Dawdling At Length Through the Portal of the Gods

 

Dawdling At Length

Through the Portal of the Gods

On Shark Attacks and Looking Good

Merely the fourth most dangerous in the world.

Playa del Carmen, Mexico
5th June, 2001

So that was the end of Cuba. It was fascinating, and it was murder. A Communist state mambo-ing in the middle of the Carribean. Food shortages in the lush tropics. Revolutionary slogans shouting defiance, and everyone wants to marry me because my passport is as purple as my sun-burnt head. I´ve tried to describe some of the things I´ve seen but I won´t draw any conclusions. After all, what do I know? One of my landladies, hearing that I was from Northern Ireland, said to me with a serious frown, "The England people chase you around shooting machine guns from helicopters. I have seen this on TV. Is it true?" Not quite, I replied, not all the time. But I couldn´t explain. Can´t just sum up an entire people, history and culture in a few choice phrases.

I was very happy to come back to Mexico. I deserved a rest. Some decent meals and relaxation. After all, all this gratuitous holiday-making and life enhancing experience is hard work. The last few days in Cuba included a fifteen hour coach journey back to Havana, and a three day gut-crunching diet of cheese pizzas and omelettes. I needed to retire to a secure position for a few days where I could slowly rehabilitate my body, carefully reintroduce food types I hadn´t seen for a while.

Needless to say, the first night back I stuffed myself to bursting with steak, fruit and fresh vegetables, and spent the next day glued to the toilet, moaning and thinking of Jesus.

Spot the Barracuda

I´m staying in Playa del Carmen, a beach town in the Yucatan. I´m doing a series of dives in the reefs off Cozumel, one of the world´s great scuba diving sites. It deserves the reputation. Yesterday, we descended 12 metres to a drift dive, lounging motionless alongside the multi-coloured reef a couple of feet above the floor, and allowed the current to sweep us along. A Spotted Eagle Ray wandered past like an underwater UFO, uncaring. We drifted on. A grouper, mouth larger than my head, came up and inspected us solemnly. We drifted on. A barracuda lay still in the current, jaws agape to show off his needle sharp teeth. We drifted on, a little quicker.

There is intense competition for tourist dollars. In Cuba, there were perhaps four or five places to access the internet in the whole country. There are twenty cybercafes in this little town alone. The competition among dive shops is almost disastrous. I chose the shop that seemed the most strict, and therefore safe, rather than the cheapest. As our boat was returning from our dive we came across one of the cheaper options. A divemaster was floating alone in the middle of the ocean, having lost both the family he was guiding, and his boat. We rescued him, circled around till we found the family (who, to their credit, were more concerned about him than themselves), and finally located his boat, the captain of which was having a quiet siesta.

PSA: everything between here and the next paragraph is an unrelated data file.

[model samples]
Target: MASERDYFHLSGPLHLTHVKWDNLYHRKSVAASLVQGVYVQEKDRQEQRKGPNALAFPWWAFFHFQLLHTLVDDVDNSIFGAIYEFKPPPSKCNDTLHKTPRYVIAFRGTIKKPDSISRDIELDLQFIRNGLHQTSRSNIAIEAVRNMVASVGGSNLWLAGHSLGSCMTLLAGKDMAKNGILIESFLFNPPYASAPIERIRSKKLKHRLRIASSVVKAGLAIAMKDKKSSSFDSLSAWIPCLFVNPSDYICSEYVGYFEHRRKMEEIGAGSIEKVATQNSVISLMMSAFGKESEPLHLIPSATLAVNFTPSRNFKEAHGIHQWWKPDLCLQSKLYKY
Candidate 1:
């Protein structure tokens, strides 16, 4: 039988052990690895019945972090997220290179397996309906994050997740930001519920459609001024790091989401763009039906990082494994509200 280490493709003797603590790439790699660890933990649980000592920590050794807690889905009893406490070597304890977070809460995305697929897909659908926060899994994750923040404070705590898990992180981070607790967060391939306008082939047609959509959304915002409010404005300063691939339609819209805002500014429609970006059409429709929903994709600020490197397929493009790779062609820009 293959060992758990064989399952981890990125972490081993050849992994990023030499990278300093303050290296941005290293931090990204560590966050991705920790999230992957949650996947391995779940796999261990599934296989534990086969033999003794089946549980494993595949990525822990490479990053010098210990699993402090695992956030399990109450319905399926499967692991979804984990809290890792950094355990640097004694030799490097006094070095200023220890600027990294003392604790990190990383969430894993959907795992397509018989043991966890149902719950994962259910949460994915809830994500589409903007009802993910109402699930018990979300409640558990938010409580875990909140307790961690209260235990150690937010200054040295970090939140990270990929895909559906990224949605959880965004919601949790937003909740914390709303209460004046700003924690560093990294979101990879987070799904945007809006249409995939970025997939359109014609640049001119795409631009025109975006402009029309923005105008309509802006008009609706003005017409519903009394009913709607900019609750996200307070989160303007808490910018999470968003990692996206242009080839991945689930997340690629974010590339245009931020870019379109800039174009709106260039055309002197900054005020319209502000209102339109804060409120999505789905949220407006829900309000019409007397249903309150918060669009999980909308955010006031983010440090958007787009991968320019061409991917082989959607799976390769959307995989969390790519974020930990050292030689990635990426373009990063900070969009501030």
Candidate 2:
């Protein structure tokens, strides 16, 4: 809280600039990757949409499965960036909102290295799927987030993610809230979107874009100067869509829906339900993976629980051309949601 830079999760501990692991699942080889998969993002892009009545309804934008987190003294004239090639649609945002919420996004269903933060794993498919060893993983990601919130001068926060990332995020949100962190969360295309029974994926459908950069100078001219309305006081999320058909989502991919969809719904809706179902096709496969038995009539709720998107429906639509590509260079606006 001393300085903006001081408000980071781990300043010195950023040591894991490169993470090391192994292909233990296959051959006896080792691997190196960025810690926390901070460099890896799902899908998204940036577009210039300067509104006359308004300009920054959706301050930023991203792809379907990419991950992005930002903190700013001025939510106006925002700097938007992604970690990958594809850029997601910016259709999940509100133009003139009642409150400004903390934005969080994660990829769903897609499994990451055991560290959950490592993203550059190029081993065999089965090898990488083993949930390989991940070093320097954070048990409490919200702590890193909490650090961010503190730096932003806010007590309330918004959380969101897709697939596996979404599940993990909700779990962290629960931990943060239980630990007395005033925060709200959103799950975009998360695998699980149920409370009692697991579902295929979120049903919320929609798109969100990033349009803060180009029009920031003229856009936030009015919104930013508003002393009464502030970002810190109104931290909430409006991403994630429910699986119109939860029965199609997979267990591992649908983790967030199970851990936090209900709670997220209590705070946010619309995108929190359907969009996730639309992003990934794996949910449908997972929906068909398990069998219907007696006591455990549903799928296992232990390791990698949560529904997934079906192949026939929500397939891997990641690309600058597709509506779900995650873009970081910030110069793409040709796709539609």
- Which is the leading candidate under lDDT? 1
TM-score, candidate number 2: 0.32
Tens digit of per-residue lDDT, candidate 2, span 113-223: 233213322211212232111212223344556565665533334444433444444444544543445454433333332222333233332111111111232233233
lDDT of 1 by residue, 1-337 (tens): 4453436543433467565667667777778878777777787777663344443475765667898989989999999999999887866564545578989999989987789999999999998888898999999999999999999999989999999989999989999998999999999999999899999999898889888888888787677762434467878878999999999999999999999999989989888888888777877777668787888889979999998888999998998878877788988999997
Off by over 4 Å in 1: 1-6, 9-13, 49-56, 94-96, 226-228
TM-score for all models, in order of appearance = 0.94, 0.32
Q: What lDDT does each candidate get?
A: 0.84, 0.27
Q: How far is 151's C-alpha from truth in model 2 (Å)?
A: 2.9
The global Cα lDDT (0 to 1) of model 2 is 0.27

The town of Playa is itself largely geared towards tourists. The Mexican waiters vie for attention with cries of "Two beers for one!", or "Ninety-seven percent off!" As I shook my head yet again at one more outrageous good deal, the shopkeeper shouted to my retreating back, "But I need your money in my wallet!" I´m staying in Mom´s Hotel, together with a small collection of Americans, permanent residents in Playa, and a dozen British soldiers, up for a lark from Belize. The soldiers fix helicopters for the Army. I refrained from asking about machine gunning from the airs over Northern Ireland, and instead wondered about the current level of loud shouting, one thing which discouraged me from a military career. "Not too bad!", they screamed, adding "You get used to it" in a yell.

No Mako

The Americans include a couple of dive instructors, who proceeded to instruct me on the various types of shark to be found in these waters. "You got the Bull, but he´s only number four." Meaning the fourth most dangerous in the world. I felt a fourth of my body grow numb with anxiety. "But he´ll bump up to you before he attacks, and most of his attacks are in 3-6 feet of water."

The next day found me standing two feet deep in the sea, staring out to the menace of the deep. All around me children splashed and cavorted. "Those bloody swine" I muttered, thinking of the Americans, but couldn´t move towards the darkness ahead. Something brushed against my leg, and I immediately yelped and leapt out of the water. A piece of seaweed. Suddenly aware that pretty girls might be watching, I ended my squeal with a manly "Hoohaa!" and did a playful backwards bellyflop. Unfortunately the sea chose to run backwards and I merely splatted straight into the sand like a distressed porpoise. "Swine", I would have added again, but fortunately this time the sea ran in again, to cover my shame, and my curses, with a thin gurgling sound.

 

 

/yucab.jpg
Yucab Reef (L.C. Cardenas)

 

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Palancar Reef (L.C. Cardenas)

 

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Swimthrough (David M. Read)

 

/mako.jpg
No Mako

 


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The Facts

Where I stayed
Playa del Carmen: Mom's Hotel. Clean, pleasant rooms, not expensive. Good fun in the bar. A little far from the beach.

How I got around: Cozumel Ferries